The 2018 Lucas Oil Pro Motocross Championship, sanctioned by AMA Pro Racing, is now just 21 days away! The 50th Annual Hangtown Classic, just outside of Sacramento, California, will go off the starting gate on May 19.
Five years ago, on the eve of the 2013 outdoor season, the editors and contributors of Racer X Online did countdown of the 30 Greatest AMA Motocrossers of all time, ranking the best riders on the AMA Motocross circuit. You can check out that list right here.
But now we’re five years past that list, and in anticipation of a brand-new season of racing, we decided to revisit and update that list, adding in the results and championships accumulated in the past five years to our existing results, which go back to 1972. Our rankings include a mix of championships, race wins, and podiums; a rider's efficiency and longevity; the competition they raced against; and, of course, pure talent and speed. Remember, these rankings are based on the AMA Motocross Nationals—international events like the Motocross of Nations and Grand Prix events here and abroad will not be factored into our tally.
The NBC Sports Gold 30 Greatest AMA Motocrossers countdown is getting serious. For instance, yesterday's #22, Jean-Michel Bayle, is considered a legend on both sides of the pond, both indoors and outdoors, and his innovations are timeless. How can JMB possibly be #22?
Because Ron Lechien is #21.
There are too many things—for better and for worse—to say about Ron Lechien, a bona fide motocross legend/folk hero/cautionary tale. We'll start with the good: From the moment Lechien showed up on the national radar as the 14-year-old winner of Mammoth Mountain's 125 Pro class, people talked about the El Cajon kid as if he were bigger than life. Ronnie was tall, technically precise, and astonishingly fast. Like fellow San Diego-area talents Marty Smith, Marty Tripes, Broc Glover, Scott Burnworth, and Ricky Johnson, Lechien—by now nicknamed “Dogger” (either because he was so laid back, or because le chien means “the dog” in French)—just looked so natural and so good on a motorcycle that he appeared to not even be trying.
By the time he turned pro in 1983 he was a Yamaha factory pilot, and the team threw him right into the deep end of AMA Supercross (there wasn't a 125 SX class back then). Lechien responded by winning the Orlando SX, an amazing feat considering he was still 16 and still in public high school. Outdoors, on a 125, he was tasked with competing against one of the most talented lineups of all time: Mark Barnett, Jeff Ward, Johnny O'Mara, Brian Myerscough, and more. Lechien won three of the last five rounds and finished the series in fourth.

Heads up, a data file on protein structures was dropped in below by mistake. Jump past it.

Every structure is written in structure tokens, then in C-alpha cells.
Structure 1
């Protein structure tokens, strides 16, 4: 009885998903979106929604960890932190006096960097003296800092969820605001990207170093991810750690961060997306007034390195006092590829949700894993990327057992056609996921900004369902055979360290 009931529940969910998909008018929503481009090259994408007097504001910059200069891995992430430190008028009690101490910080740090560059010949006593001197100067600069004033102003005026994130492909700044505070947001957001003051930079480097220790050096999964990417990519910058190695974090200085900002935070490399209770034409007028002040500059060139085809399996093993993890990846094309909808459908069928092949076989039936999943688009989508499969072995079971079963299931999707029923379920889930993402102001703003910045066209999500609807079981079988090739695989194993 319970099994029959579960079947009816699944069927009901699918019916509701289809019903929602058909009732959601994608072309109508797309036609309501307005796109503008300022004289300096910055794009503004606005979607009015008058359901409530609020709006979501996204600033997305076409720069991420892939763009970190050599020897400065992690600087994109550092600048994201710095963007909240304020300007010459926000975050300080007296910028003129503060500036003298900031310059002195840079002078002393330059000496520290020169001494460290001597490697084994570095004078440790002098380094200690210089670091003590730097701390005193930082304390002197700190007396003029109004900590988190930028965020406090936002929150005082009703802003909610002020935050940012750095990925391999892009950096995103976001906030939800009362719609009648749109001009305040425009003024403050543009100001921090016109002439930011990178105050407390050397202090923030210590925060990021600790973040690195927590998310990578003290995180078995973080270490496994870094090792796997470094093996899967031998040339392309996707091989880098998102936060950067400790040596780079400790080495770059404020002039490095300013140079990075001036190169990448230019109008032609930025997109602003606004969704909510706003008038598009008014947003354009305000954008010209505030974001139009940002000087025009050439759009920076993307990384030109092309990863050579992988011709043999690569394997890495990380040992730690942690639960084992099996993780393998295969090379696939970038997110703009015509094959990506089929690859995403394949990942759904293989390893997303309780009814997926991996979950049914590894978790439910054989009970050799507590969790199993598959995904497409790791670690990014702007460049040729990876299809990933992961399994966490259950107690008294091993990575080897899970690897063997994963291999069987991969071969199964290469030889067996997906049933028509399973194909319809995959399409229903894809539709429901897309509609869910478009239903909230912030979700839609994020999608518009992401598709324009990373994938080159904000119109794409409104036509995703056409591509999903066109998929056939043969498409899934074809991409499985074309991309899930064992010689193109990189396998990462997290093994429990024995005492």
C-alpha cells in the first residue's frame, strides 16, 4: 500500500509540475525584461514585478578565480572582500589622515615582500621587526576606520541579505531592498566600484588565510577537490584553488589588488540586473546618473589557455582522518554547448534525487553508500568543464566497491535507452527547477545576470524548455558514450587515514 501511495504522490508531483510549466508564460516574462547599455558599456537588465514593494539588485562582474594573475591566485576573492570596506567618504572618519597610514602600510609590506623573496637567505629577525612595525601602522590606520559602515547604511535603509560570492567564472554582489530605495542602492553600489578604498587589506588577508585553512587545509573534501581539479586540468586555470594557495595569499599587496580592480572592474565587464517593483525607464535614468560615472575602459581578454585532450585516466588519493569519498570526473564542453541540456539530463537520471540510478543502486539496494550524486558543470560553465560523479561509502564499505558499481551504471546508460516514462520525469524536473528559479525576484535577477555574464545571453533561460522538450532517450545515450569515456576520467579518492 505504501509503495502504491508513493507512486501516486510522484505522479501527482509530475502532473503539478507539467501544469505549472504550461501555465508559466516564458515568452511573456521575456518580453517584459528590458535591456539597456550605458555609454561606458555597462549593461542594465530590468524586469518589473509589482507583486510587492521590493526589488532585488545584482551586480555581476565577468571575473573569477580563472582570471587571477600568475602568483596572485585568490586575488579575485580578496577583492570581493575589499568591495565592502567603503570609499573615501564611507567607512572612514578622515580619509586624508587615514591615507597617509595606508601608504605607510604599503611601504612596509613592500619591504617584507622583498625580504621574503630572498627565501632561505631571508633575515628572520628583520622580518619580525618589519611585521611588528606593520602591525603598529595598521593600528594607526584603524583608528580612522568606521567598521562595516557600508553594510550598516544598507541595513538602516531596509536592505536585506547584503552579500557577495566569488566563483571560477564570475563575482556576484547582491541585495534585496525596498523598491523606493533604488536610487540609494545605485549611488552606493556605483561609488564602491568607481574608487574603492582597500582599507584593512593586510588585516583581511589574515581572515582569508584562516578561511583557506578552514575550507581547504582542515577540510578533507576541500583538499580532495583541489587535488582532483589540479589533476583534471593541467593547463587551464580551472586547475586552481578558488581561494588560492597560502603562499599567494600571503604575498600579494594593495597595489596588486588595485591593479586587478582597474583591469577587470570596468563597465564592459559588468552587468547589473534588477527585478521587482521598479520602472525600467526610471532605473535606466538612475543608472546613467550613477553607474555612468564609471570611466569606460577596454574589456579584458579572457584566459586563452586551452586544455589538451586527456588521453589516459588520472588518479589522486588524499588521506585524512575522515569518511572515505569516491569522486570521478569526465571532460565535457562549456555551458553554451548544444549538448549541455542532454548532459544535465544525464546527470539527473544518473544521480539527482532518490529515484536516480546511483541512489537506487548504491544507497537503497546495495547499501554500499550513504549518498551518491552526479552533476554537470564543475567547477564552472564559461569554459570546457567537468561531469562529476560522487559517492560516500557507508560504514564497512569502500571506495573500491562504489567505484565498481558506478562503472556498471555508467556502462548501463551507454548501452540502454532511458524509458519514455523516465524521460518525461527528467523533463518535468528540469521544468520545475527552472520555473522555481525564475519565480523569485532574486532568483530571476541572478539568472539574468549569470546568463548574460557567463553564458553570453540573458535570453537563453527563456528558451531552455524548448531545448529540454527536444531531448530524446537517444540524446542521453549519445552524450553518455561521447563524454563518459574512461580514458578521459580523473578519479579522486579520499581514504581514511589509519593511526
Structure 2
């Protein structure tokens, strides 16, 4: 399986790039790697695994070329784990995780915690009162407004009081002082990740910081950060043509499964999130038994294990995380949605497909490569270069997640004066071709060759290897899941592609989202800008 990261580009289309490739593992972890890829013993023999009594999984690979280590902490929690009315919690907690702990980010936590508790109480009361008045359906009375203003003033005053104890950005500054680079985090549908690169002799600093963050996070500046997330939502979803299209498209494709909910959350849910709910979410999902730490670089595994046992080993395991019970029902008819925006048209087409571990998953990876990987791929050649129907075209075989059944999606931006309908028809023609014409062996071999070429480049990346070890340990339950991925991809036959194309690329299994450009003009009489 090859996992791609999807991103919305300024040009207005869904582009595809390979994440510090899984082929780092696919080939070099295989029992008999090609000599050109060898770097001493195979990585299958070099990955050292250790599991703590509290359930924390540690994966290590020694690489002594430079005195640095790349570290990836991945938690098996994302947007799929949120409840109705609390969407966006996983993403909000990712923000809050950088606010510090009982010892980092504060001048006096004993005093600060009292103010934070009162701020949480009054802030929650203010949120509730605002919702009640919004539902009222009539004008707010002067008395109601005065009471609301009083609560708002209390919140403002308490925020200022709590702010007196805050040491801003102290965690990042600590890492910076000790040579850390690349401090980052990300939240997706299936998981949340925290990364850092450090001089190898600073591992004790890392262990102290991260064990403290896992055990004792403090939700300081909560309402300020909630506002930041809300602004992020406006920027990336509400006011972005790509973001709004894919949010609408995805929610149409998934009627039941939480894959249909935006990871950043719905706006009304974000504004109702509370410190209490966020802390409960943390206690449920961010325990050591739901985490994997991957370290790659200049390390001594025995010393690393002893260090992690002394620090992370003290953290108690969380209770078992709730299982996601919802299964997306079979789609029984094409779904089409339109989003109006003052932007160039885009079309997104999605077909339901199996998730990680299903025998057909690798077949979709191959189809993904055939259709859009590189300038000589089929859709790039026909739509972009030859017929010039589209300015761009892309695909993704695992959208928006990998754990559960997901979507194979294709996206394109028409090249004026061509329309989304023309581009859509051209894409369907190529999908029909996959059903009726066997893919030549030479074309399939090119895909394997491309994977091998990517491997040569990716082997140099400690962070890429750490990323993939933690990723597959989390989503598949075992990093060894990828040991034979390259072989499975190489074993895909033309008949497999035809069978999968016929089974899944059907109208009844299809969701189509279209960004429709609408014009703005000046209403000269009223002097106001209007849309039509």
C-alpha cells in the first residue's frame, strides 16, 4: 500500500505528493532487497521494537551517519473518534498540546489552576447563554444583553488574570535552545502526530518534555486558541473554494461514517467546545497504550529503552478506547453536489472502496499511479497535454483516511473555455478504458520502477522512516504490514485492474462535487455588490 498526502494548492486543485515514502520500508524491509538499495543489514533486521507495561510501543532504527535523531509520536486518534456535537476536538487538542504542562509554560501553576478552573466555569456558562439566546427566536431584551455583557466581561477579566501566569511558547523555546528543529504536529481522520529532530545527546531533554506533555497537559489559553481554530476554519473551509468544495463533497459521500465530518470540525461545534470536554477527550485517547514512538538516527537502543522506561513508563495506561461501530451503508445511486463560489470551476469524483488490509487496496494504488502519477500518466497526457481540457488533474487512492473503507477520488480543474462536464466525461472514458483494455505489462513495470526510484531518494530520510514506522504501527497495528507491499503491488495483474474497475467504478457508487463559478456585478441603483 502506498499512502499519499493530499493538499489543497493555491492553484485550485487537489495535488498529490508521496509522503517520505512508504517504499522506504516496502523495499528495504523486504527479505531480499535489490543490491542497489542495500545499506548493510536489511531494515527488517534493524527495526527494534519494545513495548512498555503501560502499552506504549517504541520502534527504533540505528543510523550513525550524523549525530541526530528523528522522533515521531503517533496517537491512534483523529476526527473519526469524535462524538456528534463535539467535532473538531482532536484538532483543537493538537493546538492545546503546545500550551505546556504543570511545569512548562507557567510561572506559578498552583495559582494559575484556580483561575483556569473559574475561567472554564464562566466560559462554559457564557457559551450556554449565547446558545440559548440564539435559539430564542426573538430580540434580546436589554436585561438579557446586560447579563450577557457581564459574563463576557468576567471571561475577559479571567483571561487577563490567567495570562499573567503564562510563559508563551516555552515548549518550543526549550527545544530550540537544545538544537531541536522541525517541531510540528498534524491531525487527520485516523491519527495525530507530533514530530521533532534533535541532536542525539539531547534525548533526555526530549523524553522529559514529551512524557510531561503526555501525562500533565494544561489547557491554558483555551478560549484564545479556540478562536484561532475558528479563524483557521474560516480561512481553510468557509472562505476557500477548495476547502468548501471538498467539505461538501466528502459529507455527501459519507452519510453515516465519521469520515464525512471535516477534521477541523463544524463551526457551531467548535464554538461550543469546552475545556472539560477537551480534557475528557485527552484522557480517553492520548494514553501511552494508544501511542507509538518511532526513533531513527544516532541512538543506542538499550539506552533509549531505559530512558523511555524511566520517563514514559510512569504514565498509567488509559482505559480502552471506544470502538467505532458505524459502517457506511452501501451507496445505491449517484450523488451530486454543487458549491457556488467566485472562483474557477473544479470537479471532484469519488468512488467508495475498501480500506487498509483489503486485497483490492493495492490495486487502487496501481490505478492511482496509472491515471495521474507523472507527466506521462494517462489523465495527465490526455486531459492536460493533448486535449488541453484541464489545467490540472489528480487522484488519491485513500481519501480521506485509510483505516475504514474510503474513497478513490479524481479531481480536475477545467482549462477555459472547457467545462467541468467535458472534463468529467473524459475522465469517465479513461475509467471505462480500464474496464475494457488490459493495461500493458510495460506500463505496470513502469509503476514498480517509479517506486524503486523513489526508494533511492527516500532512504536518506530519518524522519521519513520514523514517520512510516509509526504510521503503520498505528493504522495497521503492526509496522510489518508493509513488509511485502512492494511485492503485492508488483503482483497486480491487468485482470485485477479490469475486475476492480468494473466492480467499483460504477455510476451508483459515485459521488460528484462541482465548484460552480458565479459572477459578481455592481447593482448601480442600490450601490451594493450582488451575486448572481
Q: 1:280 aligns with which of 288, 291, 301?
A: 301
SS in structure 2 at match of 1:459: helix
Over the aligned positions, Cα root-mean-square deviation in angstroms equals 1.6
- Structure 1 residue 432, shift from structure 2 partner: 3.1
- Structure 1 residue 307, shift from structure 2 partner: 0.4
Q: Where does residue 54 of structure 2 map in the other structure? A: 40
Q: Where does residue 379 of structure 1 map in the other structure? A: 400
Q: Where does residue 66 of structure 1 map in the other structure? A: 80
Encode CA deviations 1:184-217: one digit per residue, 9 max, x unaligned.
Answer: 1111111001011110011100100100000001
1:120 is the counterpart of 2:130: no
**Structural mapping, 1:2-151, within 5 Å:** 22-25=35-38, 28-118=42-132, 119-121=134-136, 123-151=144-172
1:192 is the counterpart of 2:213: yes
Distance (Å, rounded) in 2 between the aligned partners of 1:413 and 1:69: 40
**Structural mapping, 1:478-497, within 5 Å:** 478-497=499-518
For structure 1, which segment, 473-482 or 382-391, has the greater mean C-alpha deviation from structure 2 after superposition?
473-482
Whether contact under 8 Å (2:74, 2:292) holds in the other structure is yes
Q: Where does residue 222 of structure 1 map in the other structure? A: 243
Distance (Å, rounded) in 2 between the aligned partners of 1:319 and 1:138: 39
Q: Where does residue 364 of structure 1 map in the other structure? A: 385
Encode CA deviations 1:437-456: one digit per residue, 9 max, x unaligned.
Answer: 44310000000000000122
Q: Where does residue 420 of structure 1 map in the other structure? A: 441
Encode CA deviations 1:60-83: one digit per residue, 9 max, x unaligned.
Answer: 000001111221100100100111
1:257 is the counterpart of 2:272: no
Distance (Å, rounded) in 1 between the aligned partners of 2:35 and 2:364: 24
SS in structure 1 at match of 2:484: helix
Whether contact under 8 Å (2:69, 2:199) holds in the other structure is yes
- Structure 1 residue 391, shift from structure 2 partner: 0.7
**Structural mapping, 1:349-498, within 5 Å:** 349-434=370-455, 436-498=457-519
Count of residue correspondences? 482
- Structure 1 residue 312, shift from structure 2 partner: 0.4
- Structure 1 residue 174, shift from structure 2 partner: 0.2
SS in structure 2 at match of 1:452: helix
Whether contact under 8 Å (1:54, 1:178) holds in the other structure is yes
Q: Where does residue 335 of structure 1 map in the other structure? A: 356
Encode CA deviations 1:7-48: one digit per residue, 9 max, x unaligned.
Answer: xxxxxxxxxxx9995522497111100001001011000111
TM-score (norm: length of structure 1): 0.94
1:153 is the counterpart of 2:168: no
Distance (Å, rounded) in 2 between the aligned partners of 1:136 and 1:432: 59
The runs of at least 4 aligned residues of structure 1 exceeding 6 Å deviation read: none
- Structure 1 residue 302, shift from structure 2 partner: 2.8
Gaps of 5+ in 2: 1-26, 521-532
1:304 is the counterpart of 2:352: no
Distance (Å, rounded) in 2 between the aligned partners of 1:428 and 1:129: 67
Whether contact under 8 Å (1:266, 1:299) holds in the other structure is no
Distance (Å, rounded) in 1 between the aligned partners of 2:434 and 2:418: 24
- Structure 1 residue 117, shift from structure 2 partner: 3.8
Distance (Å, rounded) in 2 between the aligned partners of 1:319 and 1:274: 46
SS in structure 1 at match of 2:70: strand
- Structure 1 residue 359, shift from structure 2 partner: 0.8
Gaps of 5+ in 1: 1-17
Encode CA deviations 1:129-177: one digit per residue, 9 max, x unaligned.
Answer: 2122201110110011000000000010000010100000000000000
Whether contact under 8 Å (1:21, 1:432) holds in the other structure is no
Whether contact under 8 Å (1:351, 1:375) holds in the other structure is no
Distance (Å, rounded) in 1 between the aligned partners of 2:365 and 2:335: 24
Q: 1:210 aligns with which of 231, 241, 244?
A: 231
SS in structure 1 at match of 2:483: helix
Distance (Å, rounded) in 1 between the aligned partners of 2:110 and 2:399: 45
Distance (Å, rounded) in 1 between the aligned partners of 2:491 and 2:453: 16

After being raised by Yamaha, Lechien was snatched away by Honda, then moved up to the 250 class full-time because they had O'Mara as the defending 125 National champ. Lechien won three rounds and finished just eight points behind his old Yamaha teammate and El Cajon rival Ricky Johnson.
Here's where things started to go sideways—the bad, if you will. Lechien had also started running with a faster crowd off the track, and whispers about excessive partying (and not just drinking) started to gain traction. Nevertheless, he went out and completely dominated the 125 Nationals in 1985, winning seven of the nine rounds he entered, only losing Gatorback to Suzuki's George Holland after his bike seized and High Point to Erik Kehoe after a flat tire. He also barely lost the SX title, just six points behind the veteran Ward, with Glover in between.
That fall, Lechien's career took a detour when he was arrested for marijuana possession at the Tokyo airport. Honda summarily fired him, though he quickly found a home at Kawasaki for 1986. He moved up to the 250 and 500 classes outdoors but he didn't win a single race.
Through 1987 and 1988 with Kawasaki, Lechien was back up to speed, and when he was on his game, he was as fast as anyone on either a 250 or 500. He picked up a few wins in 1987, as well as another notorious incident when he was DQ'd from the 125cc U.S. Grand Prix after oversleeping and missing mandatory registration. He finished second and third in 1988 in the 500cc and 250cc nationals, respectively, and second again in supercross—a finish he would repeat in '89, albeit without winning a race. Lechien was still fast, but he just wasn't the same dominant rider. The Dogger was losing steam. He won his last AMA Motocross race at Kenworthys in Ohio on July 16, 1989.
The ugly got really, really ugly. Lechien broke his leg at Steel City that fall, then fell into more partying, more arrests, more problems. He tried a comeback with Tuf Racing, and even briefly tried Europe, but he was his own worst enemy. The old cliché fit: He had talent to burn, so he went out and burned out. By the mid-nineties he was doing time in prison.
Fortunately, there is a happy ending. After bottoming out, Lechien began a truly remarkable comeback. Not as a professional racer—those days were long gone—but as a person. He's worked his way back into motocross at Maxima Oil, the company founded by his father. The work he's done to get his act together—and keep it together—is as impressive as his racing success was once upon a time.
Like Jean-Michel Bayle, we'll never know how good Ron Lechien might have been—while Bayle left for road racing, Lechien simply left a lot on the table. He scored 44 podiums spread evenly among each class (17 on 250s, 16 on 125s, 11 on 500s), making him one of the few riders with equal ability on any bike. And 18 national wins in the deep ocean of talent that was the eighties, not to mention that one dominant championship run, land the Dogger on our list of Greatest AMA Motocrossers at #21.
You can check out all of Ron Lechien's career finishes in both outdoor motocross and supercross in the Racer X Vault.